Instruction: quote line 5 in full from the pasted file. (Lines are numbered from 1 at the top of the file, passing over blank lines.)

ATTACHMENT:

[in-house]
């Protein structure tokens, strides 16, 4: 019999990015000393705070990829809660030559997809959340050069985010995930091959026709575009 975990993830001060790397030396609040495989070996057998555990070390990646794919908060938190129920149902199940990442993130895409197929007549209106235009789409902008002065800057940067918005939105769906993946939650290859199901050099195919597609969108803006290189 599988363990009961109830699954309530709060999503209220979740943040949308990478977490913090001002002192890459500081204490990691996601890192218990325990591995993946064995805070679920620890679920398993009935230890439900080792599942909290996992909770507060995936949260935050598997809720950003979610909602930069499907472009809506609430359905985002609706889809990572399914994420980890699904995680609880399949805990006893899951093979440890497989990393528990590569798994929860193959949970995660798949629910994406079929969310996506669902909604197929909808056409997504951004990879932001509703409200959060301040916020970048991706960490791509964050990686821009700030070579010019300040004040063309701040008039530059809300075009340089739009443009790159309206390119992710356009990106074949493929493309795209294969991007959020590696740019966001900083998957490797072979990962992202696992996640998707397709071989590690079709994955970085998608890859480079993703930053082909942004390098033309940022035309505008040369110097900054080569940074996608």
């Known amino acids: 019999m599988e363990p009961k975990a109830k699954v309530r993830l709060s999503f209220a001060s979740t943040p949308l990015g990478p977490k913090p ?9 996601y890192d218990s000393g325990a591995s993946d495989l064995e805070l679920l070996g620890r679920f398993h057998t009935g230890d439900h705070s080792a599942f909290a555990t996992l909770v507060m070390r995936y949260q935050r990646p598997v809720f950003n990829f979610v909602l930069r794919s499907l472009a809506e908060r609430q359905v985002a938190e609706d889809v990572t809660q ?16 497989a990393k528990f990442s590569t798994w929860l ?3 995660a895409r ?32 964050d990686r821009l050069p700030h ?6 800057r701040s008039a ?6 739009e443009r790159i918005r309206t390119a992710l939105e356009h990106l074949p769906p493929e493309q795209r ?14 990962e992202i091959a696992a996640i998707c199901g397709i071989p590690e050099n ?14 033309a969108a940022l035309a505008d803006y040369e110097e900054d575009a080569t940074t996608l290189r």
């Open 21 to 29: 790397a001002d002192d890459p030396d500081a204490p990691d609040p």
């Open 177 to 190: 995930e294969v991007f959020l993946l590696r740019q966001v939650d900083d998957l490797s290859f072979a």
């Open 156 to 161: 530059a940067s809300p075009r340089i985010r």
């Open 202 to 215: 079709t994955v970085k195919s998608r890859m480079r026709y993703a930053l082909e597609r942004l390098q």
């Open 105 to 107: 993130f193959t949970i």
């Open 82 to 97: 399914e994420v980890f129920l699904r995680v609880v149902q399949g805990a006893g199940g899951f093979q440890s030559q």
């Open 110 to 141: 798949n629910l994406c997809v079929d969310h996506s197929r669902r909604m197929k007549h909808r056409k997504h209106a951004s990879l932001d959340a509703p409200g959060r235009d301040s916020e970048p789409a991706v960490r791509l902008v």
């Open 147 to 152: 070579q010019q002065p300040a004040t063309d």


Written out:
């Open 177 to 190: 995930e294969v991007f959020l993946l590696r740019q966001v939650d900083d998957l490797s290859f072979a």